The idle seashore of the mind

“Sit in reverie and watch the changing color of the waves that break upon the idle seashore of the mind.” Henry Wadsworth Longfellow

I’m trying that today. In the middle of catching up with long neglected mindless household chores, I can “wool gather” as my best-friend’s mother used to say. I think about writing and what it means to be a writer. I think about how often I neglect writing, giving first priority to cleaning up the messy desk (which I only start to do until I get distracted by something I find there that’s s-o-o-o-o interesting or that leads me on to some other project). My mind works in mysterious ways.

I think about writing poetry and how I’m always disappointed when I see what I’ve produced. I think about the re-writes and the multiple revisions that often are even more disappointing than the original. I think about Slice Tuesday and “what am I going to share this week?”

The “changing color of the waves” today are shades of gray. I look at my journals, and I find some snippets that might lead to a poem. Snippets only. I wish for inspiration. I wish for talent. I wish for the right words. But nothing comes to me. I leave my desk when the dryer summons me. When I return, I re-read the Longfellow quote: “Sit in reverie…” I have not been doing the “sitting.”

So I sit. Nothing. I try meditation: “Empty your mind.” My mind is already empty. Or it’s like a balloon, filled with air and at the mercy of the wind, flitting here and there as each new stimulus moves me to new thoughts. More shades of gray. I’m hopeless. It’s April—WRITE A POEM for Pete’s sake!

So, I revert to a grammar exercise:

Three participles

An abstract noun

Participial phrase

Two prepositional phrases

Gerund phrase

Gerund phrase

 

The Sea

Rolling, undulating, ceaseless

Beauty

Crashing against the shore line

Over broken shells on the beach

Repeating its motion

Thrilling our senses

 

Well, that’s something anyway, though “ceaseless” isn’t a participle, and the last two lines aren’t gerunds. But…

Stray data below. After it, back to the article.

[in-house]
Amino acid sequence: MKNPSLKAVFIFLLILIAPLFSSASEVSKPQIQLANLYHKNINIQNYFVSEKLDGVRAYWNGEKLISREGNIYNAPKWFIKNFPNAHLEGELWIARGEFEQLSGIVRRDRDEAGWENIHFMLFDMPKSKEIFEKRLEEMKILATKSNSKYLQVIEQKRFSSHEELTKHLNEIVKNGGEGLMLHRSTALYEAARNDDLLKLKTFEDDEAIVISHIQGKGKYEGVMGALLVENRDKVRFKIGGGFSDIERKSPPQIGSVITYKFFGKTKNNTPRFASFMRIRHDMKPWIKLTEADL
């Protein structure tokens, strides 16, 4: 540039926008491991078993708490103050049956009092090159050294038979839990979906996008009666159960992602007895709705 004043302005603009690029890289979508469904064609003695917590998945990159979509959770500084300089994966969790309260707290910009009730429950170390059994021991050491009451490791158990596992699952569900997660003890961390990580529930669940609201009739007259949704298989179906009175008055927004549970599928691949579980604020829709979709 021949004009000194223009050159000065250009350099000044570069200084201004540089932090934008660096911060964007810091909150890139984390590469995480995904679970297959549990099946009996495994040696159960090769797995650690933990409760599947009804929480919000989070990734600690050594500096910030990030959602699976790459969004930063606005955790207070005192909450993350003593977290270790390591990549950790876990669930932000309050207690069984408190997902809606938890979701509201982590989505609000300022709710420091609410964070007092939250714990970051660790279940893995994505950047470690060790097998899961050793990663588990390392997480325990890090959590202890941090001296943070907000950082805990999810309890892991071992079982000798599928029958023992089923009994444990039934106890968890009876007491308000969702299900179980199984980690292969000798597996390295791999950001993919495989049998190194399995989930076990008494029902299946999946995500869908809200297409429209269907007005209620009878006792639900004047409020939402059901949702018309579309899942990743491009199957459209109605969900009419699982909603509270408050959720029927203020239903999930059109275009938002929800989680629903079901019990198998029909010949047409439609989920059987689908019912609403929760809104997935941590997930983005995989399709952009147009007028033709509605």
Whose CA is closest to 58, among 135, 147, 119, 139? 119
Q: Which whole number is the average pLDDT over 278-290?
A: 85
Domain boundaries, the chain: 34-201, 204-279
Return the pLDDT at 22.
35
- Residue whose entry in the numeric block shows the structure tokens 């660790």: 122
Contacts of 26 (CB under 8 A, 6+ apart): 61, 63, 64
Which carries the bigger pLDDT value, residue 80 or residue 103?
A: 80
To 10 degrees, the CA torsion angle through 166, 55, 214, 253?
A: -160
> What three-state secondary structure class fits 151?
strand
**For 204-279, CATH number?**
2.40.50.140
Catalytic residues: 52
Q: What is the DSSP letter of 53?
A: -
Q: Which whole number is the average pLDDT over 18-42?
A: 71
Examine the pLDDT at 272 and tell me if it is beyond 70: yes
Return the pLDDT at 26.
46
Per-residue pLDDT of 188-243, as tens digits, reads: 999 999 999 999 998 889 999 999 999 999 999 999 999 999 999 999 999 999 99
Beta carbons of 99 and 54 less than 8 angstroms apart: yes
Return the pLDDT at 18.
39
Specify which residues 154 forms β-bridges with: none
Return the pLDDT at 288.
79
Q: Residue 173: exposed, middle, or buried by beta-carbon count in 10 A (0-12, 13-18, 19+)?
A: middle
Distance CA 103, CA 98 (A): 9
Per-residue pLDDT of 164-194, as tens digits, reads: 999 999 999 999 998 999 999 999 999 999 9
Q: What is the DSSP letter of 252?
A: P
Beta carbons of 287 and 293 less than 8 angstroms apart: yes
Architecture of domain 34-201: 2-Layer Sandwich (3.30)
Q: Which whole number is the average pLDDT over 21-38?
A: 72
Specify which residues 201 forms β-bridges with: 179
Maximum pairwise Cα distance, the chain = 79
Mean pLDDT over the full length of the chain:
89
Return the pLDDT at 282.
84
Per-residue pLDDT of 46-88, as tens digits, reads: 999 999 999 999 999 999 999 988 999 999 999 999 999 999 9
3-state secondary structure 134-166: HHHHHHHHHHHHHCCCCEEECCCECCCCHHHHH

It will still be April next week.

 

 

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9 thoughts on “The idle seashore of the mind

  1. A wonderful poem, Diane! It makes me want to get in the car and drive to the seashore. Sometimes, a scaffold gets us started, and if we deviate from the form or scaffold – well – that can be a very good thing!

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  2. Your poem is perfect, Diane! I think it is a fun way to brush up on those grammar skills too! But most of all I love where it takes me. I’m glad that inner critic didn’t talk you out of sharing & writing today!

    Liked by 1 person

  3. Grammar skills do come in handy. Isn’t it something how starting one thing can lead to something else, which can lead to something else, etc. Sometimes we never get back to what we started.

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  4. What a beautiful poem, Diane! And thanks for sharing the process and your thinking about writing. I truly enjoy reading your posts and continuing to learn from you.

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  5. I can empathize with you, Diane, and I appreciate that beautiful reminder to “sit in reverie.” I think your poem turned out beautifully… and what a mentor text, too, for students, to show them how grammar can lead to such lovely word choices and juxtapositions!

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